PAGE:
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Published May 26, 2004 | public
Journal Article

Gas-Phase H/D Exchange of Sodiated Glycine Oligomers with ND_3: Exchange Kinetics Do Not Reflect Parent Ion Structures


H/D exchange is a method commonly used to probe molecular structure. The majority of studies in the gas phase have involved protonated molecular ions. The present study gives attention to molecular ions formed by coordination with a sodium ion. In particular, ND_3 is reacted with sodiated glycine oligomers, Gly_n, where n = 1−5, and the results are interpreted using density functional calculations. Experimentally, Gly1Na^+, Gly_4Na^+, and Gly_5N^a^+ all undergo three fast exchanges with ND_3, while Gly2Na+ and Gly3Na+ undergo one fast and two slow exchanges with ND3. The methyl esters Gly3OMeNa+ and Gly5OMeNa+ do not exchange with ND3. In agreement with earlier experimental studies, theoretical calculations show that the lowest-energy conformers of the sodiated glycine oligomers are charge-solvated structures. Calculations further indicate that, in the process of H/D exchange with ND3, sodiated monoglycine and tetraglycine adopt zwitterionic structures, sodiated diglycine adopts a salt-bridge form, and sodiated triglycine takes on an ion-stabilized ion pair form. Sodiated monoglycine and diglycine exchange via an onium-ion mechanism. The proposed exchange mechanisms require a carboxylic acid hydrogen to complete the exchange, which is in agreement with the experimental results showing that no exchange occurs with methyl ester glycine oligomers. These studies clearly demonstrate that, in the process of H/D exchange, noncovalent complexation of the exchange reagent provides the energy required to access intermediates structurally distinct from the parent ions. H/D exchange is facile for these intermediates. Contrary to the assumption often expressed in earlier studies, H/D exchange kinetics may not directly reflect ion structures.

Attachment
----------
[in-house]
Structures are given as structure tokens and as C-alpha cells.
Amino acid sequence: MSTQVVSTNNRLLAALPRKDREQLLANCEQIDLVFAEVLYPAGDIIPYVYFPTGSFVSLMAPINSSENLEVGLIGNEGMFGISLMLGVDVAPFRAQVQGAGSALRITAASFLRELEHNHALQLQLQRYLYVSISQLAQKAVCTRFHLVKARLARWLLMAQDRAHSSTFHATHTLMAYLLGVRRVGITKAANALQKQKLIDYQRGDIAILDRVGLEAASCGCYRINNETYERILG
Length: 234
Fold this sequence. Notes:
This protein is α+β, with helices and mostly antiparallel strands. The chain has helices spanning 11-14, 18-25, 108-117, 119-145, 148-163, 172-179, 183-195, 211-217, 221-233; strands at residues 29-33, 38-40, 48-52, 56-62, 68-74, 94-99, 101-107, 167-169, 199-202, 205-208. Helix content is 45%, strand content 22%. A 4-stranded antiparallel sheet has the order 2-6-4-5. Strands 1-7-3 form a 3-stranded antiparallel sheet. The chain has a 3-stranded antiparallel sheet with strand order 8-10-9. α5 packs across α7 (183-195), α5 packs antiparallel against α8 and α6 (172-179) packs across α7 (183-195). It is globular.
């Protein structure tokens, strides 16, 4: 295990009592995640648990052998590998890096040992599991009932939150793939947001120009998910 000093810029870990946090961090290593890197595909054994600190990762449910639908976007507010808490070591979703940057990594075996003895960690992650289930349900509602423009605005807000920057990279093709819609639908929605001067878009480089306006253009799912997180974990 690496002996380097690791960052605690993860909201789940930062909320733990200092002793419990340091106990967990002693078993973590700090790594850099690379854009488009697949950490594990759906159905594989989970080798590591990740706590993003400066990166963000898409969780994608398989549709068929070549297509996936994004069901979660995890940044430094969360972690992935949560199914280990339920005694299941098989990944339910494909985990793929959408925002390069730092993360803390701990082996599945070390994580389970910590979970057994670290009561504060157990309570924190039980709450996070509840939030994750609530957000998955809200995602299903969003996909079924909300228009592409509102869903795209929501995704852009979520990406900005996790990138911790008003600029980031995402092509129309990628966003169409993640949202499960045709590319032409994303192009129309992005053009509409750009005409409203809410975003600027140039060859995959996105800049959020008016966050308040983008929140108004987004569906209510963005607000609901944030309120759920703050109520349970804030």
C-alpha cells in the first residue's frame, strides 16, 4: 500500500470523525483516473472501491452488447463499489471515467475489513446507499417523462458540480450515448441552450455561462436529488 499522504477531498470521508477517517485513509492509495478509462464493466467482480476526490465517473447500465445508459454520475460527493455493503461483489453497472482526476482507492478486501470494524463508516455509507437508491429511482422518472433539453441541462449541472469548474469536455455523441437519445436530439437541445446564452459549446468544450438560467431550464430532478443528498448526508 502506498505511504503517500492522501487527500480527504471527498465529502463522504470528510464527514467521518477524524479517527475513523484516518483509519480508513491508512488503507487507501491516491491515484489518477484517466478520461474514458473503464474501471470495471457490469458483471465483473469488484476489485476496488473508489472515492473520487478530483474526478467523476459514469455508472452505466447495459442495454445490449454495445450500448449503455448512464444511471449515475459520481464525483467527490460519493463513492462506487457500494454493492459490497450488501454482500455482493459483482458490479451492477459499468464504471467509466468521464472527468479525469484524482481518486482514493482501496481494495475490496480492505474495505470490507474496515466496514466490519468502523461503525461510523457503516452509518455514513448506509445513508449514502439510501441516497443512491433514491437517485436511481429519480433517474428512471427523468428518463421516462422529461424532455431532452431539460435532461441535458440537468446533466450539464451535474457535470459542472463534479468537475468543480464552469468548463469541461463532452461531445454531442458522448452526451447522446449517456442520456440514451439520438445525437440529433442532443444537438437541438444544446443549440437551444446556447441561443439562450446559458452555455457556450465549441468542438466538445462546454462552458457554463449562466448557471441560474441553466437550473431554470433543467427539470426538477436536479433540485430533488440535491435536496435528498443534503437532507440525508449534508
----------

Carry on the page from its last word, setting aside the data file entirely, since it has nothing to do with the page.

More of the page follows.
Additional Information

© 2004 American Chemical Society. Received 10 January 2004. Published online 29 April 2004. Published in print 1 May 2004. We gratefully acknowledge support from the Beckman Institute and computational resources provided by the Materials Simulation Center. This work was supported in part by NSF Grant CHE-9727566.

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